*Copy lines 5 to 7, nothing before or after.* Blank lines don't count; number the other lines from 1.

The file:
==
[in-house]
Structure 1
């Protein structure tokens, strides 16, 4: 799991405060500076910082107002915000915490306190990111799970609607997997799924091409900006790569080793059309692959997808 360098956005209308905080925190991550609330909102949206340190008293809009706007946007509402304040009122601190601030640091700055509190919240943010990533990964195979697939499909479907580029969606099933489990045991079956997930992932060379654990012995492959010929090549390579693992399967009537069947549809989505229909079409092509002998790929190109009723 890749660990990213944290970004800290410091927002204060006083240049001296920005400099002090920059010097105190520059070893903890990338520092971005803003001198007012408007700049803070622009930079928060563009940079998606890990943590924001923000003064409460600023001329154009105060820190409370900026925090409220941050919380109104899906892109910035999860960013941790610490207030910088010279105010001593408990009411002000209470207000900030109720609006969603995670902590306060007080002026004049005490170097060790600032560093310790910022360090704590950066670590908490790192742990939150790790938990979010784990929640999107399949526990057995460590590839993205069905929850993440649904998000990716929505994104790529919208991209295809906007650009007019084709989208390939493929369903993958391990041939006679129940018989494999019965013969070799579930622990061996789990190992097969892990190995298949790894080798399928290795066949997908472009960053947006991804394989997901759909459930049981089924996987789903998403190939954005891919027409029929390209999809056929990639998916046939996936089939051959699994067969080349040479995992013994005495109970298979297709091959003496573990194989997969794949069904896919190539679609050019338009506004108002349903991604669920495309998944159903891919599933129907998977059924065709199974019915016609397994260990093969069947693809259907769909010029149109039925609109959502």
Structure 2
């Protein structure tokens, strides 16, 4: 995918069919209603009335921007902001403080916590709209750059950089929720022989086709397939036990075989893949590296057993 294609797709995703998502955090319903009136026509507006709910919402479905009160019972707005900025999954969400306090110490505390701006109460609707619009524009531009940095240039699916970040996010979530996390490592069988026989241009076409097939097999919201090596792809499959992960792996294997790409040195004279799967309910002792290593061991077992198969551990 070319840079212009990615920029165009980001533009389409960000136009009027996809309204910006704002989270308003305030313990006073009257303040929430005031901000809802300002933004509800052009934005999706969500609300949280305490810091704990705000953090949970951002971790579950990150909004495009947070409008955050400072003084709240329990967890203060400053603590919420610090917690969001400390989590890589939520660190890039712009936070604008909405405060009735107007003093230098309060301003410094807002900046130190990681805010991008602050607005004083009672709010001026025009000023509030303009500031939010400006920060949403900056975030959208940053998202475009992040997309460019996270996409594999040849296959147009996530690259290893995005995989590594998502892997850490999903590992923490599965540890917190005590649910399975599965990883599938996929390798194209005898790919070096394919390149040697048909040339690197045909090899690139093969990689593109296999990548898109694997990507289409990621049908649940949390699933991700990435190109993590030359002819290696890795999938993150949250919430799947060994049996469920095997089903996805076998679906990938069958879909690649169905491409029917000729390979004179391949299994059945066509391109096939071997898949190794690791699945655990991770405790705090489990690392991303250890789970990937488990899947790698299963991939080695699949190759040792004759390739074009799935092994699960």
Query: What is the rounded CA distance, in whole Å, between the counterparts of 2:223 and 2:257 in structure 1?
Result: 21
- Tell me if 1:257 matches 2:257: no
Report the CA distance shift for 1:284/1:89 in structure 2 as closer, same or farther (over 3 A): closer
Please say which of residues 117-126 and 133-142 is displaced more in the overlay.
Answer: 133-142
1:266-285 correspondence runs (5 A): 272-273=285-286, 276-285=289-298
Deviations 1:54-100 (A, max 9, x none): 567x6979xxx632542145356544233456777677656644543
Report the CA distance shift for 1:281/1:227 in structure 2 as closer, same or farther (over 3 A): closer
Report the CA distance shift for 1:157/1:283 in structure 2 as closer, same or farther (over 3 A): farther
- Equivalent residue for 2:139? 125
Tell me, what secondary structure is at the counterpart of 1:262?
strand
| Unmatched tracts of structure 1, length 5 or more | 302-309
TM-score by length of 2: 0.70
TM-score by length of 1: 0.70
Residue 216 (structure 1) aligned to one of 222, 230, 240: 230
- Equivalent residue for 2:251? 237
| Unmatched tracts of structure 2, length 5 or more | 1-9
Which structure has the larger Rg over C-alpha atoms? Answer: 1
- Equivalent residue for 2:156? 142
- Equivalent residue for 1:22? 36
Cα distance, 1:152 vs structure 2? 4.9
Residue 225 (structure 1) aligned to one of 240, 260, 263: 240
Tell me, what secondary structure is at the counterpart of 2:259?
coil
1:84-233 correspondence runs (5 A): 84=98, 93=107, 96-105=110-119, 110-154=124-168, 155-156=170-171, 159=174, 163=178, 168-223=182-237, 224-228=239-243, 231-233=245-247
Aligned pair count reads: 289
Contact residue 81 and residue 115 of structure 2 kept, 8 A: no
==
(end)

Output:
């Protein structure tokens, strides 16, 4: 995918069919209603009335921007902001403080916590709209750059950089929720022989086709397939036990075989893949590296057993 294609797709995703998502955090319903009136026509507006709910919402479905009160019972707005900025999954969400306090110490505390701006109460609707619009524009531009940095240039699916970040996010979530996390490592069988026989241009076409097939097999919201090596792809499959992960792996294997790409040195004279799967309910002792290593061991077992198969551990 070319840079212009990615920029165009980001533009389409960000136009009027996809309204910006704002989270308003305030313990006073009257303040929430005031901000809802300002933004509800052009934005999706969500609300949280305490810091704990705000953090949970951002971790579950990150909004495009947070409008955050400072003084709240329990967890203060400053603590919420610090917690969001400390989590890589939520660190890039712009936070604008909405405060009735107007003093230098309060301003410094807002900046130190990681805010991008602050607005004083009672709010001026025009000023509030303009500031939010400006920060949403900056975030959208940053998202475009992040997309460019996270996409594999040849296959147009996530690259290893995005995989590594998502892997850490999903590992923490599965540890917190005590649910399975599965990883599938996929390798194209005898790919070096394919390149040697048909040339690197045909090899690139093969990689593109296999990548898109694997990507289409990621049908649940949390699933991700990435190109993590030359002819290696890795999938993150949250919430799947060994049996469920095997089903996805076998679906990938069958879909690649169905491409029917000729390979004179391949299994059945066509391109096939071997898949190794690791699945655990991770405790705090489990690392991303250890789970990937488990899947790698299963991939080695699949190759040792004759390739074009799935092994699960």
Query: What is the rounded CA distance, in whole Å, between the counterparts of 2:223 and 2:257 in structure 1?
Result: 21